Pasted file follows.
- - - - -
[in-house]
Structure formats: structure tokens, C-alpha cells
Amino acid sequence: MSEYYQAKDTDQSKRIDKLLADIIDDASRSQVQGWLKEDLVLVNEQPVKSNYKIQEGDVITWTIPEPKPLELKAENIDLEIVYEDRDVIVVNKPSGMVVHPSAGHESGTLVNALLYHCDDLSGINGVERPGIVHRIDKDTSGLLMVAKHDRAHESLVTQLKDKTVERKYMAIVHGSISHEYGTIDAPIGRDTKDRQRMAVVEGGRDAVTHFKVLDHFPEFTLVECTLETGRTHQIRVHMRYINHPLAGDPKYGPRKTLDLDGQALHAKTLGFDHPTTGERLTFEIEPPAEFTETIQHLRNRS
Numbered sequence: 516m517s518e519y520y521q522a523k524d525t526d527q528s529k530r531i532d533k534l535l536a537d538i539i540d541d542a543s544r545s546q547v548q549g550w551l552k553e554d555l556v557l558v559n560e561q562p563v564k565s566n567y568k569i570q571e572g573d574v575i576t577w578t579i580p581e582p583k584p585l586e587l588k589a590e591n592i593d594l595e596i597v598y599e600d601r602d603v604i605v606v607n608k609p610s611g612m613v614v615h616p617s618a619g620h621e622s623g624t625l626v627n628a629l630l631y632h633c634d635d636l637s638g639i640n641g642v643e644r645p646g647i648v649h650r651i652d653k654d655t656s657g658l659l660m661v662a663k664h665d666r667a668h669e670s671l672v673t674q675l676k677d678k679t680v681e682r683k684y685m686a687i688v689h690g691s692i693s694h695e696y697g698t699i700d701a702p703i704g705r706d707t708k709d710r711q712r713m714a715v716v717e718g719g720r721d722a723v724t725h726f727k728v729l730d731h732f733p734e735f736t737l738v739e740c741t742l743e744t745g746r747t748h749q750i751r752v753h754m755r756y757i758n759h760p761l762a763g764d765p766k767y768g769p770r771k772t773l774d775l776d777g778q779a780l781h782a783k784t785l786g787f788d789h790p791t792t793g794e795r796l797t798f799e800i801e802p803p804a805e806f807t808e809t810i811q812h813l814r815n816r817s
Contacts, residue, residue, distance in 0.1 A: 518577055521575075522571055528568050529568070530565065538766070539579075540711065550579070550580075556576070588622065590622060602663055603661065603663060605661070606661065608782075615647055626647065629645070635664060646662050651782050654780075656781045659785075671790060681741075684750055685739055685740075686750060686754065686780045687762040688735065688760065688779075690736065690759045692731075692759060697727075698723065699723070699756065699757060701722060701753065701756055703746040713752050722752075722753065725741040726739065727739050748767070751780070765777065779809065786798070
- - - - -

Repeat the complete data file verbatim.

[in-house]
Structure formats: structure tokens, C-alpha cells
Amino acid sequence: MSEYYQAKDTDQSKRIDKLLADIIDDASRSQVQGWLKEDLVLVNEQPVKSNYKIQEGDVITWTIPEPKPLELKAENIDLEIVYEDRDVIVVNKPSGMVVHPSAGHESGTLVNALLYHCDDLSGINGVERPGIVHRIDKDTSGLLMVAKHDRAHESLVTQLKDKTVERKYMAIVHGSISHEYGTIDAPIGRDTKDRQRMAVVEGGRDAVTHFKVLDHFPEFTLVECTLETGRTHQIRVHMRYINHPLAGDPKYGPRKTLDLDGQALHAKTLGFDHPTTGERLTFEIEPPAEFTETIQHLRNRS
Numbered sequence: 516m517s518e519y520y521q522a523k524d525t526d527q528s529k530r531i532d533k534l535l536a537d538i539i540d541d542a543s544r545s546q547v548q549g550w551l552k553e554d555l556v557l558v559n560e561q562p563v564k565s566n567y568k569i570q571e572g573d574v575i576t577w578t579i580p581e582p583k584p585l586e587l588k589a590e591n592i593d594l595e596i597v598y599e600d601r602d603v604i605v606v607n608k609p610s611g612m613v614v615h616p617s618a619g620h621e622s623g624t625l626v627n628a629l630l631y632h633c634d635d636l637s638g639i640n641g642v643e644r645p646g647i648v649h650r651i652d653k654d655t656s657g658l659l660m661v662a663k664h665d666r667a668h669e670s671l672v673t674q675l676k677d678k679t680v681e682r683k684y685m686a687i688v689h690g691s692i693s694h695e696y697g698t699i700d701a702p703i704g705r706d707t708k709d710r711q712r713m714a715v716v717e718g719g720r721d722a723v724t725h726f727k728v729l730d731h732f733p734e735f736t737l738v739e740c741t742l743e744t745g746r747t748h749q750i751r752v753h754m755r756y757i758n759h760p761l762a763g764d765p766k767y768g769p770r771k772t773l774d775l776d777g778q779a780l781h782a783k784t785l786g787f788d789h790p791t792t793g794e795r796l797t798f799e800i801e802p803p804a805e806f807t808e809t810i811q812h813l814r815n816r817s
Contacts, residue, residue, distance in 0.1 A: 518577055521575075522571055528568050529568070530565065538766070539579075540711065550579070550580075556576070588622065590622060602663055603661065603663060605661070606661065608782075615647055626647065629645070635664060646662050651782050654780075656781045659785075671790060681741075684750055685739055685740075686750060686754065686780045687762040688735065688760065688779075690736065690759045692731075692759060697727075698723065699723070699756065699757060701722060701753065701756055703746040713752050722752075722753065725741040726739065727739050748767070751780070765777065779809065786798070